Comic Book Review: “Blackburn Burrow”


Since I was a kid I’ve been a fan of alternative history fiction – especially when it’s horror fiction. It seems to be a niche you see more often in books than movies, with Abraham Lincoln: Vampire Hunter being the only horror film in recent memory to employ this particular device. Comic books, on the other hand – well they’ve been doing this stuff for years, going back to the “Golden Age” when WWII provided the backdrop for many of the old E.C. horror comics.

These days zombies are all the rage, so it’s only natural that the undead come to take their place in our nation’s history. Enter Blackburn Burrow, a comic about zombies set during the American Civil War. Blackburn Burrow presents the story of “Mister,” a former soldier turned monster hunter who is called back to service by the Union army to investigate the mysterious disappearance of a lost regiment. This isn’t the first time zombies have been put in a historical context, but what makes it unique is how this book is being put together.

Blackburn Burrow is published by Amazon Studios, a branch of that was formed back in 2010 to develop original movie projects. The comic is based on a screenplay, and it’s being used as a way to “test the waters” for a potential feature film. Blackburn Burrow is offered as a free digital comic on multiple platforms, and in keeping with the crowd-sourcing model for Amazon Studios, fan input will be a big part of guiding the story.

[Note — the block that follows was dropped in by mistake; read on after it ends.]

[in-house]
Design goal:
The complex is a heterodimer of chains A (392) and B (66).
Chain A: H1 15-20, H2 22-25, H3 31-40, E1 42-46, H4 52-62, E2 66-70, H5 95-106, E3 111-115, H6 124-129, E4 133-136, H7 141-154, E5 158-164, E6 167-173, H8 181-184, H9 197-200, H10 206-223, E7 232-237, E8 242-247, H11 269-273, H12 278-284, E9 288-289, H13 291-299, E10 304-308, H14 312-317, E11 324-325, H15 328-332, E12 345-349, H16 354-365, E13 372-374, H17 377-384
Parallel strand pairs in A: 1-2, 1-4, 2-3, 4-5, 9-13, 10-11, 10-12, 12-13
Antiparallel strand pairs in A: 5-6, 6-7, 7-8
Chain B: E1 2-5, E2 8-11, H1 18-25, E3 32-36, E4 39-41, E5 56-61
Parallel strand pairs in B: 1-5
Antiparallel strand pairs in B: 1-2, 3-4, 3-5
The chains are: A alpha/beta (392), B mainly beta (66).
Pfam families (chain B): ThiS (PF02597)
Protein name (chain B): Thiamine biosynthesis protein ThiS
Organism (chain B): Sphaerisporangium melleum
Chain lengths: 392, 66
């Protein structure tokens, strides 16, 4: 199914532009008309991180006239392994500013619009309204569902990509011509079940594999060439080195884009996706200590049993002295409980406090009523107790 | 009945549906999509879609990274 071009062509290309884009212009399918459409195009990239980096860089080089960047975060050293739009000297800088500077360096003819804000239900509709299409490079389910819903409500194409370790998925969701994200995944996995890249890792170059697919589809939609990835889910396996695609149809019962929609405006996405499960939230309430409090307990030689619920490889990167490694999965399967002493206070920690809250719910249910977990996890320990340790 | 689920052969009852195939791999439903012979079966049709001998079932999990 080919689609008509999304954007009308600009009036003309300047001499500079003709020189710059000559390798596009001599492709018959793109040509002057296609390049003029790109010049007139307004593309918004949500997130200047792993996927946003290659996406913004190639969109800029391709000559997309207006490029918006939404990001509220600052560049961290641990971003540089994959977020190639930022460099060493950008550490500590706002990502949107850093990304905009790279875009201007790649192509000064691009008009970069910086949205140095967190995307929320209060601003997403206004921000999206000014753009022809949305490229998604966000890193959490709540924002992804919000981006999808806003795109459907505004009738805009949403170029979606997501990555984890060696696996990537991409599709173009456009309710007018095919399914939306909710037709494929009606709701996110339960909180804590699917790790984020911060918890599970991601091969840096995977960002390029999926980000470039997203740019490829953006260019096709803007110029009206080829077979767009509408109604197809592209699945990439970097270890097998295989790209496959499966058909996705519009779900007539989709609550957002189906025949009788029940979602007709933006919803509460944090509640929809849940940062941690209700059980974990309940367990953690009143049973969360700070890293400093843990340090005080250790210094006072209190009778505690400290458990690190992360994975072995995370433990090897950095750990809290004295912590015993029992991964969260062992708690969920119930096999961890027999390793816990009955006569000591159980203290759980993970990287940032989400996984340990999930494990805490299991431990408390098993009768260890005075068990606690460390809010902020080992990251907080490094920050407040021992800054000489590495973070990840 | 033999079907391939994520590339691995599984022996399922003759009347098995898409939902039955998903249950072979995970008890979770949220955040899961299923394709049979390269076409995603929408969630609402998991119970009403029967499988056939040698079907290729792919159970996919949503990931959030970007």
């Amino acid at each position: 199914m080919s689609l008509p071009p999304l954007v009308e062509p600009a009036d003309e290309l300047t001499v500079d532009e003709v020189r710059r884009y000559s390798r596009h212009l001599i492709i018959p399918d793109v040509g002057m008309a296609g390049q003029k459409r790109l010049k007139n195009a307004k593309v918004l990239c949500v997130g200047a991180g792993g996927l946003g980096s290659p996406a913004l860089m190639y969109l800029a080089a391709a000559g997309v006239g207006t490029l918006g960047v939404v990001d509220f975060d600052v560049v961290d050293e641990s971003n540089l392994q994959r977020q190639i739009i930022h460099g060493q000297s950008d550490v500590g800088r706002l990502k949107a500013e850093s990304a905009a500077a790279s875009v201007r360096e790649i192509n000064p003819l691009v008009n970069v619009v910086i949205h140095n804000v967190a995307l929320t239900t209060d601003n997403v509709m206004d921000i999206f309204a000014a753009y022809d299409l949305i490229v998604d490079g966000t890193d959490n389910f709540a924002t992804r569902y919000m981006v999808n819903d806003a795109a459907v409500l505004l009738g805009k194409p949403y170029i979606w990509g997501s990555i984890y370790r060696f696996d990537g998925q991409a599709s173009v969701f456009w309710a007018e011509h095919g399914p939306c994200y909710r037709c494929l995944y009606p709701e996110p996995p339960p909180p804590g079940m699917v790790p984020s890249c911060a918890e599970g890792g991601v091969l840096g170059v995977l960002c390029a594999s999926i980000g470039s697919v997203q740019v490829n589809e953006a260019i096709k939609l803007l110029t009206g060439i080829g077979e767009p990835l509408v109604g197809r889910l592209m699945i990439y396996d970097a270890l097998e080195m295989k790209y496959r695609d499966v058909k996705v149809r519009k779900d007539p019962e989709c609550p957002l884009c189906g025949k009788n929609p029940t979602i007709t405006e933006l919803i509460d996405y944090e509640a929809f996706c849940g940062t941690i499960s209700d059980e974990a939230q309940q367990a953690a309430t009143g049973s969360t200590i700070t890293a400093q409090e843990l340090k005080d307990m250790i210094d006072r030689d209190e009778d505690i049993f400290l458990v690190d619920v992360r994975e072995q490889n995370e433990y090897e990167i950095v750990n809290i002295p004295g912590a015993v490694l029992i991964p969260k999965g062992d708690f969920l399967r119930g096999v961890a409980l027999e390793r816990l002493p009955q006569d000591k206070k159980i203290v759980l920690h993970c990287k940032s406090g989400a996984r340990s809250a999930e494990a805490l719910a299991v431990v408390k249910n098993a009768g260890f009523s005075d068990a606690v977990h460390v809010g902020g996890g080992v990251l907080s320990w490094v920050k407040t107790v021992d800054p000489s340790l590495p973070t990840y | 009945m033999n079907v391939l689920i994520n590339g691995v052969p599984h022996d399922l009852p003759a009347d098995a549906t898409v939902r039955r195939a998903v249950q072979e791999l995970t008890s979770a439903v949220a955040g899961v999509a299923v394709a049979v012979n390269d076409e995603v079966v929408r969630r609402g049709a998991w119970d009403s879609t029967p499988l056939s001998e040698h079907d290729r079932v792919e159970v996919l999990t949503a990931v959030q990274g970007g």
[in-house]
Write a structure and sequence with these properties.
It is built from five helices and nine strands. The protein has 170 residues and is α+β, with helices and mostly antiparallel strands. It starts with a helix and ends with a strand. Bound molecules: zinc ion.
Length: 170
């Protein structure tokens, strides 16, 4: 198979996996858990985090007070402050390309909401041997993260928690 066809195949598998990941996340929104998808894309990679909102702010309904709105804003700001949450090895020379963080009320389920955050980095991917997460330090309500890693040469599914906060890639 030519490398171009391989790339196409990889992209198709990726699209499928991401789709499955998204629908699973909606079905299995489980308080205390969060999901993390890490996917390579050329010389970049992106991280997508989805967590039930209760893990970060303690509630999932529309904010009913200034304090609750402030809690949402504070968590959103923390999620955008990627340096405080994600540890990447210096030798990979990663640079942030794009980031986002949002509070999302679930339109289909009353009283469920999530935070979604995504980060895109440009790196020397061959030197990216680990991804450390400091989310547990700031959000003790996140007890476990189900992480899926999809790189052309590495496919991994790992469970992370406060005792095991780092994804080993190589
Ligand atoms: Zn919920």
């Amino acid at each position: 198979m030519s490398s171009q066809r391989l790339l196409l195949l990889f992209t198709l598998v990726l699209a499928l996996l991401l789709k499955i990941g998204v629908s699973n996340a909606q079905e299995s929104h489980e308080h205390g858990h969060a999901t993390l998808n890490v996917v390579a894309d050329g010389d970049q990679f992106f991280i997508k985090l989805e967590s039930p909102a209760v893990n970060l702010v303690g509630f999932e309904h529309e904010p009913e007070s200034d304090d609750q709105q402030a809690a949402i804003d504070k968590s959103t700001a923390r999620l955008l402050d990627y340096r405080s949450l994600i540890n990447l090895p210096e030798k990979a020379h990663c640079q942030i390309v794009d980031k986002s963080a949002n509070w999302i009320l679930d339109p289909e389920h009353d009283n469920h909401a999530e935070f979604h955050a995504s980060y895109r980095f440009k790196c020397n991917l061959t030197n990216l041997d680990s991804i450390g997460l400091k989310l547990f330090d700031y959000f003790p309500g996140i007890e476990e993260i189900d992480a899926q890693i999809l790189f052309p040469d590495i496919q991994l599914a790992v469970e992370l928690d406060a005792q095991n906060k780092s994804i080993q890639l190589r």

From the Amazon press release:

SEATTLE—September 12, 2012—Amazon Studios, the original content arm of, Inc., is introducing an all-new digital comic book today – Blackburn Burrow, a story set in Civil War America where supernatural horrors are infesting a small Appalachian town in Northern Georgia. Blackburn Burrow first came to Amazon Studios in the form of a feature film screenplay from writer Jay Levy. Community feedback, gathered from Amazon Studios’ crowdsourcing model, triggered the idea for the popular project to be adapted into a digital comic that would be shared with audiences for feedback and tested for viability as a major motion picture.

The Blackburn Burrow digital comic looks and reads like a traditional book and is available for free through a variety of sites and platforms including top digital comic provider Graphicly, as well as, Amazon Studios Facebook page and the Kindle Store. For more information on how to get the comic, visit or search for Blackburn Burrow in the Kindle Store.

Amazon Studios’ Blackburn Burrow digital comic book is produced by 12 Gauge Comics, which teamed with renowned comics writer Ron Marz (Silver Surfer, Green Lantern, Marvel vs. DC, Batman/Aliens) and veteran illustrator Matthew Dow Smith (Doctor Who, X-Men Icons, Mirror’s Edge, Day of Judgment) to shape the story and look of the comic.

“This is a very exciting new venture for Amazon Studios. Beyond entertaining lots of comic fans, we see value in digital comics as a new way to test screenplays and learn more about fan engagement,” said Roy Price, Director of Amazon Studios. “The 12 Gauge team has done beautiful work on the Blackburn Burrow digital comic and we are thrilled to share it with audiences to see how they react to the story of Blackburn Burrow.”